“Nice Is Different Than Good”

Revoke my thespian card, but I’ve only just seen Into The Woods, and that on film, not stage.

This line from Little Red Riding Hood struck me all the same: “Nice is different than good.” It has a ring of truth. Is it true?

I try to be nice all the time, so that the thought of being considered not nice by someone, anyone makes me sick. I have placed a premium on niceness in my work and my character and my relationships since forever. I want to be thought of as smart, yes. Hard working, sure. But please think me nice above all.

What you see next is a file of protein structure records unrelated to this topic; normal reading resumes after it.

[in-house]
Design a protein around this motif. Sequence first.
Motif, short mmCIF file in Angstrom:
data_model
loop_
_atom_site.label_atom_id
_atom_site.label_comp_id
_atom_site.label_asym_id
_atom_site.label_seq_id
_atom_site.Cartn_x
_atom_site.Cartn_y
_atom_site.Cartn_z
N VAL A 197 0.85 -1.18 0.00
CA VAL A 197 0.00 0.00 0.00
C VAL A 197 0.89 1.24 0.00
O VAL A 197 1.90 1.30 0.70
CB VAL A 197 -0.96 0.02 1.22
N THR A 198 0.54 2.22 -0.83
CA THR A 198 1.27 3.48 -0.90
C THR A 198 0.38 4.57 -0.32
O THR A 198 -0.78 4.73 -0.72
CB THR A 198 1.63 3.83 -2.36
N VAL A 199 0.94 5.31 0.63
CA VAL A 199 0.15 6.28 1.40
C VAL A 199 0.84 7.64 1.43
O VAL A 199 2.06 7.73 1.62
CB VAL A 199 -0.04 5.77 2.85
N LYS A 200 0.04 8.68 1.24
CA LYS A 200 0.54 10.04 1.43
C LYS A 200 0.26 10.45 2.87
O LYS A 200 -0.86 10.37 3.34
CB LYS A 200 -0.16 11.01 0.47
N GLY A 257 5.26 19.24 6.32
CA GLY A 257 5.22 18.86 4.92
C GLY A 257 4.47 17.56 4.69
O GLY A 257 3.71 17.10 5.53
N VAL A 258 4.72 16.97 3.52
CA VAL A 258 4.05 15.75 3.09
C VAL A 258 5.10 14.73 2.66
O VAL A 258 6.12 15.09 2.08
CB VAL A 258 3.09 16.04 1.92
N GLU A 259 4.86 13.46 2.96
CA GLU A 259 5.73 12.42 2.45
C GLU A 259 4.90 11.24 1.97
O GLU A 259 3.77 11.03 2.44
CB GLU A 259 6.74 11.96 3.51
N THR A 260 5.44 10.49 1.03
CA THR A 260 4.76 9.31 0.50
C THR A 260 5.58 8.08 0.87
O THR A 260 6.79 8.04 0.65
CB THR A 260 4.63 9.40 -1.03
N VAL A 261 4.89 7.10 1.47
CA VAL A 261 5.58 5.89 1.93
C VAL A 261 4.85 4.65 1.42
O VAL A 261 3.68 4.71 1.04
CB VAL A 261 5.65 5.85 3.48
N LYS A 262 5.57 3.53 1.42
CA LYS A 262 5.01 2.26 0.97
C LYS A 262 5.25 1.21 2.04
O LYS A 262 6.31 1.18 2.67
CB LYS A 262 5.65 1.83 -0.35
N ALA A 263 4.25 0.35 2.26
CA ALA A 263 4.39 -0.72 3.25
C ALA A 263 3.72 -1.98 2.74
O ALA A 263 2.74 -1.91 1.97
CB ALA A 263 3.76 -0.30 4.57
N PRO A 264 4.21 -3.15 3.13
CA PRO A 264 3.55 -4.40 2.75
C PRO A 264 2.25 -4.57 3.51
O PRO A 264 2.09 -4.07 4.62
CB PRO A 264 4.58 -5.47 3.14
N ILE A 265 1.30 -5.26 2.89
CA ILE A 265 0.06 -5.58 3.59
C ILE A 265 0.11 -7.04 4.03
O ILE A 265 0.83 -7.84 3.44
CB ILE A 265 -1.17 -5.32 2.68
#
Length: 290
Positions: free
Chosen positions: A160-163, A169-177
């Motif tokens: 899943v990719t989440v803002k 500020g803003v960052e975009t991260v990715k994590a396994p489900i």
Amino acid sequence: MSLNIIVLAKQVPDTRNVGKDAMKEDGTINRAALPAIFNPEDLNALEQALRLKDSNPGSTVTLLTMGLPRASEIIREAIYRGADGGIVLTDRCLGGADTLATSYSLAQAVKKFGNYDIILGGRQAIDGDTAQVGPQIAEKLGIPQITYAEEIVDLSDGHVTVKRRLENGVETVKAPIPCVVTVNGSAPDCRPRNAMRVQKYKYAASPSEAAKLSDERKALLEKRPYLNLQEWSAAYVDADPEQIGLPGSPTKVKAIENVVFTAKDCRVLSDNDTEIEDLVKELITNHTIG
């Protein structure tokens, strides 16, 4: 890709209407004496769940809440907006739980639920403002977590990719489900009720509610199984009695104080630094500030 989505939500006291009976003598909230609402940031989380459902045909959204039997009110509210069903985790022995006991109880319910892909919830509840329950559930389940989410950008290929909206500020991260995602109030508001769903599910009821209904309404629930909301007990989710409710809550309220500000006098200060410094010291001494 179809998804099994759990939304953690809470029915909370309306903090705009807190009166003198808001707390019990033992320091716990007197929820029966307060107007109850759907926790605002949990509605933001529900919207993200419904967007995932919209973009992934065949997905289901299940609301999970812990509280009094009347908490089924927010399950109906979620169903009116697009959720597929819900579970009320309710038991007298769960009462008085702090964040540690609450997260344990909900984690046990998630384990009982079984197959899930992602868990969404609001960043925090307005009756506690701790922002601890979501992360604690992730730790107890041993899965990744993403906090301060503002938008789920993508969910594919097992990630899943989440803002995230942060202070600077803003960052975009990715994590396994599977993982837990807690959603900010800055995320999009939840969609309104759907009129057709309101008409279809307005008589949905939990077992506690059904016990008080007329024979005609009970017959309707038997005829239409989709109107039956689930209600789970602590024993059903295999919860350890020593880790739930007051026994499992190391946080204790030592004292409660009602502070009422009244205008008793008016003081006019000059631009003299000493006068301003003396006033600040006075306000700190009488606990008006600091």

The problem with this fixation with niceness is obvious: effectiveness sometimes requires, if not outright meanness, then a firmness that cares more for outcomes than it does for the impression of one’s niceness. Nice work is different than good work, because good work may require meanness.

But is niceness ever the work? In a stingy world, is the person who is genuinely and authentically nice uniquely valuable? Does niceness add something effectiveness can’t?